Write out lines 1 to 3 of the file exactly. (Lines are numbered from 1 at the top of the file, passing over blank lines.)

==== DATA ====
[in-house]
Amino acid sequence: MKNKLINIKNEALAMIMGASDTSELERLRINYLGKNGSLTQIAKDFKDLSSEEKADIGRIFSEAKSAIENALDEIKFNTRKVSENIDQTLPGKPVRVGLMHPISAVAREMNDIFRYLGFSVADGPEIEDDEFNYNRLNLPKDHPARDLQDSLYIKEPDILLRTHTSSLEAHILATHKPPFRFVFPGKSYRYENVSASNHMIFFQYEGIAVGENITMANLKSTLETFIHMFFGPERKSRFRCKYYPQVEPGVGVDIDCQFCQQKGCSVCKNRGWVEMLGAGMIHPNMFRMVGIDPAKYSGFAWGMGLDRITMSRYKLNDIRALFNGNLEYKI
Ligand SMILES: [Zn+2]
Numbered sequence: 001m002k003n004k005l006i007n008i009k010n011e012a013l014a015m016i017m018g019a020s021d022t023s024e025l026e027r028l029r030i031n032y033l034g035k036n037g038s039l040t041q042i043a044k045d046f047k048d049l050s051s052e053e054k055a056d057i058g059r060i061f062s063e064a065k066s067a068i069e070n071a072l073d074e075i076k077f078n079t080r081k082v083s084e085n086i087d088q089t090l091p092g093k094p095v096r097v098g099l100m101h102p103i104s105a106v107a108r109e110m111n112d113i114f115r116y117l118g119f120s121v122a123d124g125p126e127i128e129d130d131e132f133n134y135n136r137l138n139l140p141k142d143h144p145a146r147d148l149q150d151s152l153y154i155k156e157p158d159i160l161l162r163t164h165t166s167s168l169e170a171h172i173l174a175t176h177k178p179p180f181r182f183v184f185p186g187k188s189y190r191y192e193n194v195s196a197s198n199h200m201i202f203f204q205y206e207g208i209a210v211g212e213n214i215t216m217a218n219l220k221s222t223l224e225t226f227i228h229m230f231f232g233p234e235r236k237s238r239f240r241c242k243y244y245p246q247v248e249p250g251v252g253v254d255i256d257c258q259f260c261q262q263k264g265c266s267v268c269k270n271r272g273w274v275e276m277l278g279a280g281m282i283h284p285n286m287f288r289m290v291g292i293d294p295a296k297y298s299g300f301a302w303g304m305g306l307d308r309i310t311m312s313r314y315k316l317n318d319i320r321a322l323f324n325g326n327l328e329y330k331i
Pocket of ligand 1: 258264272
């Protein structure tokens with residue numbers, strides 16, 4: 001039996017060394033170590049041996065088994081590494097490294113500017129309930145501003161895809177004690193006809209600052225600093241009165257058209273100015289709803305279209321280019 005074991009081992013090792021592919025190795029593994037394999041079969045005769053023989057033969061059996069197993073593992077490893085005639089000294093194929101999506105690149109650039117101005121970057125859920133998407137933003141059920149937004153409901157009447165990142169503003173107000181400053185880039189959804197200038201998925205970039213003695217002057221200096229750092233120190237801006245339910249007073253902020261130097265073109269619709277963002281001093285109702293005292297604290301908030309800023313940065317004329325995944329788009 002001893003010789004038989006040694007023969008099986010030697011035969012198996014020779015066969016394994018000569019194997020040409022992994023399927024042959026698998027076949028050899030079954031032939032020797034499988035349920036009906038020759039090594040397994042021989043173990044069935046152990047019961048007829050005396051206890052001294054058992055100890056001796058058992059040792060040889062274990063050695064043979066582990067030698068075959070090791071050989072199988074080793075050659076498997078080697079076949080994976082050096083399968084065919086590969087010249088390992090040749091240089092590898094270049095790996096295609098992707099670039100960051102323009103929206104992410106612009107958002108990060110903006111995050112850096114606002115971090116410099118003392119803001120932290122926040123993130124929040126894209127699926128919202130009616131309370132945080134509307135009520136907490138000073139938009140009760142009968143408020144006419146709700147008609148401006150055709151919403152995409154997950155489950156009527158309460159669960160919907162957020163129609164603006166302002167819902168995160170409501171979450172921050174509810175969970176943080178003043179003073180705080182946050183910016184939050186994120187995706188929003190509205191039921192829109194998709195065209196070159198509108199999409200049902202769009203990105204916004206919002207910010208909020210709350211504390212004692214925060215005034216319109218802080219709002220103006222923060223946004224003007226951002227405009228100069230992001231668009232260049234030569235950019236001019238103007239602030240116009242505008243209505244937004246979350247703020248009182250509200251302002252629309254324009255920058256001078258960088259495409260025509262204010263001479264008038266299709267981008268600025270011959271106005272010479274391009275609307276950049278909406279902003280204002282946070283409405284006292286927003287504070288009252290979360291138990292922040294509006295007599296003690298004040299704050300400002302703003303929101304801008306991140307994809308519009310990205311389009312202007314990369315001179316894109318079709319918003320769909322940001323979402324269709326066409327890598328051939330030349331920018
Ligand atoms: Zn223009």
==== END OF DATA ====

[in-house]
Amino acid sequence: MKNKLINIKNEALAMIMGASDTSELERLRINYLGKNGSLTQIAKDFKDLSSEEKADIGRIFSEAKSAIENALDEIKFNTRKVSENIDQTLPGKPVRVGLMHPISAVAREMNDIFRYLGFSVADGPEIEDDEFNYNRLNLPKDHPARDLQDSLYIKEPDILLRTHTSSLEAHILATHKPPFRFVFPGKSYRYENVSASNHMIFFQYEGIAVGENITMANLKSTLETFIHMFFGPERKSRFRCKYYPQVEPGVGVDIDCQFCQQKGCSVCKNRGWVEMLGAGMIHPNMFRMVGIDPAKYSGFAWGMGLDRITMSRYKLNDIRALFNGNLEYKI
Ligand SMILES: [Zn+2]